Through planning and transport policy, waste services, regeneration and economic development, and other service delivery, they influence around one-third of local area emissions. Furthermore, they enable place-based emissions cuts through council leadership, skills and training programmes, partnerships, innovation, and community involvement (LGA 2021; CCC 2020a). Figure 1 shows local authorities’ control and influence on emissions. Proactive local authorities are starting to shift their emphasis from A. Direct Control towards B. Procurement and Commissioning as a means of addressing C–F given the lack of sufficient public funding since 2010 (Scott 2011). Particular focus lies on catalysing investments and adding value by maximising social, environmental and economic returns from energy systems decarbonisation (CCC 2020a). However, local authorities’ primary borrowing channel, the Public Works Loan Board (PWLB) has seen rates fluctuate since 2018, at the same time that grant income has fallen and the 0% loan facility offered by Salix has been scrapped (Davis 2021). With councils on the front line of delivering net zero infrastructure projects to meet both local and national targets, new low-risk, stable and non-repayable income streams are needed urgently.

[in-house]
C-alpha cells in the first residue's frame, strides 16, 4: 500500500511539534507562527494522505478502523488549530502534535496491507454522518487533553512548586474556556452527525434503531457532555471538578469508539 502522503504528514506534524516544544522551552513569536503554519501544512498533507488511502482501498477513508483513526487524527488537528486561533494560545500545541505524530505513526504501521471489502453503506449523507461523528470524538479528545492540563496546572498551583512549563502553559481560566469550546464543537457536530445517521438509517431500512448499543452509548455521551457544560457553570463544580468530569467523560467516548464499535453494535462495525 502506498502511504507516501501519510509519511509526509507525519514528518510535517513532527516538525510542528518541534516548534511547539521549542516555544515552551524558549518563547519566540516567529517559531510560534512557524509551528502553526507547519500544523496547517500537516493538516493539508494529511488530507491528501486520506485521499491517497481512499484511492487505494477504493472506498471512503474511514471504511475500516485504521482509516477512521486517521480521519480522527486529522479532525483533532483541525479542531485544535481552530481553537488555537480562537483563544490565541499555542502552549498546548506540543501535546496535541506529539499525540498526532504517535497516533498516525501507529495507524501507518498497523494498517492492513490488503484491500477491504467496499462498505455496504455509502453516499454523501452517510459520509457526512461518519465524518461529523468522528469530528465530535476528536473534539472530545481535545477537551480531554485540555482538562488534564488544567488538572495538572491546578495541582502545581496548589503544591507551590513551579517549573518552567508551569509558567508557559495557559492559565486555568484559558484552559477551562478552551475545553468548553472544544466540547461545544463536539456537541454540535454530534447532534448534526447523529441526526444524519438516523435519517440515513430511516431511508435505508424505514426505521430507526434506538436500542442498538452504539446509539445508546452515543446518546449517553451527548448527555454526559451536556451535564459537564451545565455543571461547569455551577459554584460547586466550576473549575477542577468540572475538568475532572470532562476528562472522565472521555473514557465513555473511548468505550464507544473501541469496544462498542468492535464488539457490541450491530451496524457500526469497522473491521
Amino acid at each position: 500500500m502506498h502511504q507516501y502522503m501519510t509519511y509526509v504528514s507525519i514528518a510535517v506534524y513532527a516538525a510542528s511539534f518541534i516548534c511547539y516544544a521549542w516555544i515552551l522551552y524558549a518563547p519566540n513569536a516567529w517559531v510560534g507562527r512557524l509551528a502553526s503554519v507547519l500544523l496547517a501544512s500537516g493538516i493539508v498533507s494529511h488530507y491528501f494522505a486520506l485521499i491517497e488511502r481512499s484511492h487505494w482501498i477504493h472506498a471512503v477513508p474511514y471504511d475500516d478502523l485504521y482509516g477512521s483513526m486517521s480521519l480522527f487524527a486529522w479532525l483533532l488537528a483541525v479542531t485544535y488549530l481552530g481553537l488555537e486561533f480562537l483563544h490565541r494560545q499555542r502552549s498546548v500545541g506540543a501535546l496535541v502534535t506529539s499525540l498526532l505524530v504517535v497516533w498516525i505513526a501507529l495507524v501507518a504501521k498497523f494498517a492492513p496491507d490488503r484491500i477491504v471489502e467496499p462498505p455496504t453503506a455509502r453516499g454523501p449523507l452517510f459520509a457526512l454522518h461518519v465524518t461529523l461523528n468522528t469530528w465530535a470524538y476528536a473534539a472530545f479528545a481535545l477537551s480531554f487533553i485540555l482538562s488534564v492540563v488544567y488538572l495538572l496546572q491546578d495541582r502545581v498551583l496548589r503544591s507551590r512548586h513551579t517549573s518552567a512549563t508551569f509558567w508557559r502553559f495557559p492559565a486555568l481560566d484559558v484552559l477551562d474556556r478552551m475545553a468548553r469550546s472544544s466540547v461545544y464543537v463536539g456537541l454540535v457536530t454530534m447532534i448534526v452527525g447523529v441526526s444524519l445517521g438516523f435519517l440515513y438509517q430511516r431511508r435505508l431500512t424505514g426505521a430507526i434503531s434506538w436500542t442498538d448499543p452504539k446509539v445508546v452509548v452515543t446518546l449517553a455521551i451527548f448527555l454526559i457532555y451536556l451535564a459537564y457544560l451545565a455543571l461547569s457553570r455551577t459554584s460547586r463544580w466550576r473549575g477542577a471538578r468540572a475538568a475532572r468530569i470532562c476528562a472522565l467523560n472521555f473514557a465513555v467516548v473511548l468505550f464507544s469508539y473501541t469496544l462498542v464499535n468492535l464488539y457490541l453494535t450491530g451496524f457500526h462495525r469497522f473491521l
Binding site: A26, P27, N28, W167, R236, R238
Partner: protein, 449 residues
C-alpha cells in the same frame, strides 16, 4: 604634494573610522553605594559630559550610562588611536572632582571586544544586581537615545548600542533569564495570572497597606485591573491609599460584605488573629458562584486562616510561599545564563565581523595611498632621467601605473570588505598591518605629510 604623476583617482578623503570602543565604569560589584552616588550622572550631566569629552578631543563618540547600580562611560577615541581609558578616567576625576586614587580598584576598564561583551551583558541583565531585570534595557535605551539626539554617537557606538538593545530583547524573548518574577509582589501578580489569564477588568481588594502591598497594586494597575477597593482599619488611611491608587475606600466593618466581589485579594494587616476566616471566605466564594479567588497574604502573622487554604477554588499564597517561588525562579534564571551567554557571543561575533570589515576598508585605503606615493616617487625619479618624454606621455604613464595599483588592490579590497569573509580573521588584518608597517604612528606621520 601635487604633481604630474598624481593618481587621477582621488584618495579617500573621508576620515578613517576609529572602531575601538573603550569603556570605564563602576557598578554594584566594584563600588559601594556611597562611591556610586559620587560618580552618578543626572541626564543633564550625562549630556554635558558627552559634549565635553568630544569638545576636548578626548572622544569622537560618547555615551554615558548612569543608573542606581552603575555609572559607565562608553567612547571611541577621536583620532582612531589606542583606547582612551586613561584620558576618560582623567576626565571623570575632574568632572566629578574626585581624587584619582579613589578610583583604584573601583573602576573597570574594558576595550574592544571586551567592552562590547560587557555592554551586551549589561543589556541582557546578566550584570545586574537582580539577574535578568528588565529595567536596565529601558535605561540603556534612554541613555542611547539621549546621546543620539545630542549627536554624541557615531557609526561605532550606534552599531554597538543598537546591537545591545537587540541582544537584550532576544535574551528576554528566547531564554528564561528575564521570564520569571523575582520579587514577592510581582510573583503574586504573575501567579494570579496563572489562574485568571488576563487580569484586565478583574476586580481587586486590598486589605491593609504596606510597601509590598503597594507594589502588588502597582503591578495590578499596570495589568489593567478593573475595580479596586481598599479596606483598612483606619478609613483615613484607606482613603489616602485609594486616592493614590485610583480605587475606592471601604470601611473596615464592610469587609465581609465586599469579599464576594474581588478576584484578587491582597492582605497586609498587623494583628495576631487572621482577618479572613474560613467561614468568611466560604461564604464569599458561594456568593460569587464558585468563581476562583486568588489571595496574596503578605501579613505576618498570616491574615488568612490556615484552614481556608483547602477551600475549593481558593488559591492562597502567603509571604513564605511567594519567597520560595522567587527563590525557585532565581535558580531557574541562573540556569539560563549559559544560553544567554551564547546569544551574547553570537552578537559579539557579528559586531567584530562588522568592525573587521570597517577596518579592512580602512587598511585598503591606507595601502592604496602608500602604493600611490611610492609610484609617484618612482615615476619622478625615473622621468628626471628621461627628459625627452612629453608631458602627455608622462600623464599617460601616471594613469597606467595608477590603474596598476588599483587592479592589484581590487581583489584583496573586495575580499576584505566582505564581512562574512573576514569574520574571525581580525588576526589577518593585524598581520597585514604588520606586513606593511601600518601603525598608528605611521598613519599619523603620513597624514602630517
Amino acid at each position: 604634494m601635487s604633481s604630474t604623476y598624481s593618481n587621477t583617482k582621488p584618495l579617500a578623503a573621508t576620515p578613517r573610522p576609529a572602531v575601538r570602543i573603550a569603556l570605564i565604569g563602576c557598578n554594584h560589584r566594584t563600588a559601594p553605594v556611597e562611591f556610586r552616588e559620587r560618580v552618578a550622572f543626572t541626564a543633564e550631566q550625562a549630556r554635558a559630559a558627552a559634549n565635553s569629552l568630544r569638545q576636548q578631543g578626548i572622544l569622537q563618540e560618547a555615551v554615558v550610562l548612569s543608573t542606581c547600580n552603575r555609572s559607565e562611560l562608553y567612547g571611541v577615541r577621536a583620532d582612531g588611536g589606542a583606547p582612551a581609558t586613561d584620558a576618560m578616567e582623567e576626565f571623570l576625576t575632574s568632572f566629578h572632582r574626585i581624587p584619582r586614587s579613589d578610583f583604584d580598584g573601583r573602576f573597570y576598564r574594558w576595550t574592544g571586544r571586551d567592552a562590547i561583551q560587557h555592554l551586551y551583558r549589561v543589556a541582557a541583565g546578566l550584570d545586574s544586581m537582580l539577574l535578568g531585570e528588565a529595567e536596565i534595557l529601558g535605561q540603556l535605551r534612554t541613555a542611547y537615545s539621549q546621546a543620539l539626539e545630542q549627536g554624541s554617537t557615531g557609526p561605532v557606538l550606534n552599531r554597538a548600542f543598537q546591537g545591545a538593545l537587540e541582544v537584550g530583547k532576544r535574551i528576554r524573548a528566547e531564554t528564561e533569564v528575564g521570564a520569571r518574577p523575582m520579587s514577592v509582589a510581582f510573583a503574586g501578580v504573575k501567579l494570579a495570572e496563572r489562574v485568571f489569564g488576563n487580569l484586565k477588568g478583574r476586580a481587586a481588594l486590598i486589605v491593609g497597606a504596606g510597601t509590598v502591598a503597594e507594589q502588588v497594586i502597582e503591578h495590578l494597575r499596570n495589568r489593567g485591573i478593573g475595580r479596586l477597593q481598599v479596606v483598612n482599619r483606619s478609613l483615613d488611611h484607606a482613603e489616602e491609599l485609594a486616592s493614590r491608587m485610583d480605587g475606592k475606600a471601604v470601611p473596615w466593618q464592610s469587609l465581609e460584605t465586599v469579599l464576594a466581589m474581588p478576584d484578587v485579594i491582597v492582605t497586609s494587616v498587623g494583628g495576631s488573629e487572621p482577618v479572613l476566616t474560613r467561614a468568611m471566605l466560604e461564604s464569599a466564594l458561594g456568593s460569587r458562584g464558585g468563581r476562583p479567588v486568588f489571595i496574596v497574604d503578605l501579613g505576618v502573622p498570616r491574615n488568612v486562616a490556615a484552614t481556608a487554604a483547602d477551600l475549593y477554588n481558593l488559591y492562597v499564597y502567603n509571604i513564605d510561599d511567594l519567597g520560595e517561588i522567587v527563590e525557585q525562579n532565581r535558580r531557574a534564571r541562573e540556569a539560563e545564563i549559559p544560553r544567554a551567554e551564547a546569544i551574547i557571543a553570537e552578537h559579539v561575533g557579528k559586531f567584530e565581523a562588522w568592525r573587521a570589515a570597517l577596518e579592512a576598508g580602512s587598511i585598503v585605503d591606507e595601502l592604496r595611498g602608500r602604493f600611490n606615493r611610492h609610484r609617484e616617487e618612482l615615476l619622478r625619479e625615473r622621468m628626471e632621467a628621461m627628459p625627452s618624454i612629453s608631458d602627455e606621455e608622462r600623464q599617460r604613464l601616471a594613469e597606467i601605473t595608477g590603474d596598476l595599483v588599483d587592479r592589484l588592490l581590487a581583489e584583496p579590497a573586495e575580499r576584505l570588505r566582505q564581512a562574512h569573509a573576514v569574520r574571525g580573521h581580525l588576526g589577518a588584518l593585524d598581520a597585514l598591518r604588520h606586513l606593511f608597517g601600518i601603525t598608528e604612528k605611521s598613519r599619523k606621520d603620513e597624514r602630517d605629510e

As mentioned in the introduction, recent research suggests that place-based finance opportunities have the potential to leverage significant investments. Tingey & Webb’s (2020) assessment of ambition and value in UK local authority investment identified multiple cases of technical assistance funding leveraging local sustainable investments with a ratio of 37:1. Without funding for such intermediation, however, the procurement processes that leveraged these investments would not have taken place (CCC 2020a).